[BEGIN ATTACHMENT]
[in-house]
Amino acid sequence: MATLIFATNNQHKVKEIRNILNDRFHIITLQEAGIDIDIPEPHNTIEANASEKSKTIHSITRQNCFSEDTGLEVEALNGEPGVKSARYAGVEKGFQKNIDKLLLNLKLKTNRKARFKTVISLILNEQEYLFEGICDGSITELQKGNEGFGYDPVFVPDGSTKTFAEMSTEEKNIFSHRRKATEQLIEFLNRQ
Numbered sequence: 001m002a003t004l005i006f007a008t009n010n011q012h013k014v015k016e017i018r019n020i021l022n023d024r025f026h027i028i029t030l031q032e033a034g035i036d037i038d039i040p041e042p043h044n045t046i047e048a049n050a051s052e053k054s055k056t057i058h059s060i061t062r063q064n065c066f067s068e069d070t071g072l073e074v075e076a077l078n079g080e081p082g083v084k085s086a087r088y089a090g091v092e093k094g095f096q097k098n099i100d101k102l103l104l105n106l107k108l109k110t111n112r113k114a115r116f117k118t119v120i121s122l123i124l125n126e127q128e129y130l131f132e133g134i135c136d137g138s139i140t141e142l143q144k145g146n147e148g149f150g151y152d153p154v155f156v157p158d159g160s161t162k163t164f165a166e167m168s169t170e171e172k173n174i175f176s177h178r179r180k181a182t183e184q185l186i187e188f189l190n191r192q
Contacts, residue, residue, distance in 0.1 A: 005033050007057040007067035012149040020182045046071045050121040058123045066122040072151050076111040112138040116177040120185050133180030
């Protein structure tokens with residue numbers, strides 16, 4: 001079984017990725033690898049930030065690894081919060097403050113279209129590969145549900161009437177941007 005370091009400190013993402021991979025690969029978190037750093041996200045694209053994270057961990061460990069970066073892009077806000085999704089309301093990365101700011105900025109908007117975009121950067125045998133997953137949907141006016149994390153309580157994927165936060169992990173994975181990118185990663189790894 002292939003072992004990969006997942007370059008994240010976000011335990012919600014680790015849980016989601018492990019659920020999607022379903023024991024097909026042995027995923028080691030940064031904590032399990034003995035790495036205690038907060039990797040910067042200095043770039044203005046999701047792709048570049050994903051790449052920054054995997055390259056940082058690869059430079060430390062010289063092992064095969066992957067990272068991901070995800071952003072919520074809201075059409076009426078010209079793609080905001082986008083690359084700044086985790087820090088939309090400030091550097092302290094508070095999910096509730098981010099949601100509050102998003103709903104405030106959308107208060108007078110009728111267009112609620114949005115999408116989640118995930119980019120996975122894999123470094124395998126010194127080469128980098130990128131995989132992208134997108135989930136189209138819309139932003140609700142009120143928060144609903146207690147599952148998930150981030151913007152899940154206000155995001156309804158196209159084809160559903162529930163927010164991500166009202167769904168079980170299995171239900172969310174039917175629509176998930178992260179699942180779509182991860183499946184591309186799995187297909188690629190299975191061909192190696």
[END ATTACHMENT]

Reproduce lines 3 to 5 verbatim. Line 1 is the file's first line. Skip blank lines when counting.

Numbered sequence: 001m002a003t004l005i006f007a008t009n010n011q012h013k014v015k016e017i018r019n020i021l022n023d024r025f026h027i028i029t030l031q032e033a034g035i036d037i038d039i040p041e042p043h044n045t046i047e048a049n050a051s052e053k054s055k056t057i058h059s060i061t062r063q064n065c066f067s068e069d070t071g072l073e074v075e076a077l078n079g080e081p082g083v084k085s086a087r088y089a090g091v092e093k094g095f096q097k098n099i100d101k102l103l104l105n106l107k108l109k110t111n112r113k114a115r116f117k118t119v120i121s122l123i124l125n126e127q128e129y130l131f132e133g134i135c136d137g138s139i140t141e142l143q144k145g146n147e148g149f150g151y152d153p154v155f156v157p158d159g160s161t162k163t164f165a166e167m168s169t170e171e172k173n174i175f176s177h178r179r180k181a182t183e184q185l186i187e188f189l190n191r192q
Contacts, residue, residue, distance in 0.1 A: 005033050007057040007067035012149040020182045046071045050121040058123045066122040072151050076111040112138040116177040120185050133180030
């Protein structure tokens with residue numbers, strides 16, 4: 001079984017990725033690898049930030065690894081919060097403050113279209129590969145549900161009437177941007 005370091009400190013993402021991979025690969029978190037750093041996200045694209053994270057961990061460990069970066073892009077806000085999704089309301093990365101700011105900025109908007117975009121950067125045998133997953137949907141006016149994390153309580157994927165936060169992990173994975181990118185990663189790894 002292939003072992004990969006997942007370059008994240010976000011335990012919600014680790015849980016989601018492990019659920020999607022379903023024991024097909026042995027995923028080691030940064031904590032399990034003995035790495036205690038907060039990797040910067042200095043770039044203005046999701047792709048570049050994903051790449052920054054995997055390259056940082058690869059430079060430390062010289063092992064095969066992957067990272068991901070995800071952003072919520074809201075059409076009426078010209079793609080905001082986008083690359084700044086985790087820090088939309090400030091550097092302290094508070095999910096509730098981010099949601100509050102998003103709903104405030106959308107208060108007078110009728111267009112609620114949005115999408116989640118995930119980019120996975122894999123470094124395998126010194127080469128980098130990128131995989132992208134997108135989930136189209138819309139932003140609700142009120143928060144609903146207690147599952148998930150981030151913007152899940154206000155995001156309804158196209159084809160559903162529930163927010164991500166009202167769904168079980170299995171239900172969310174039917175629509176998930178992260179699942180779509182991860183499946184591309186799995187297909188690629190299975191061909192190696």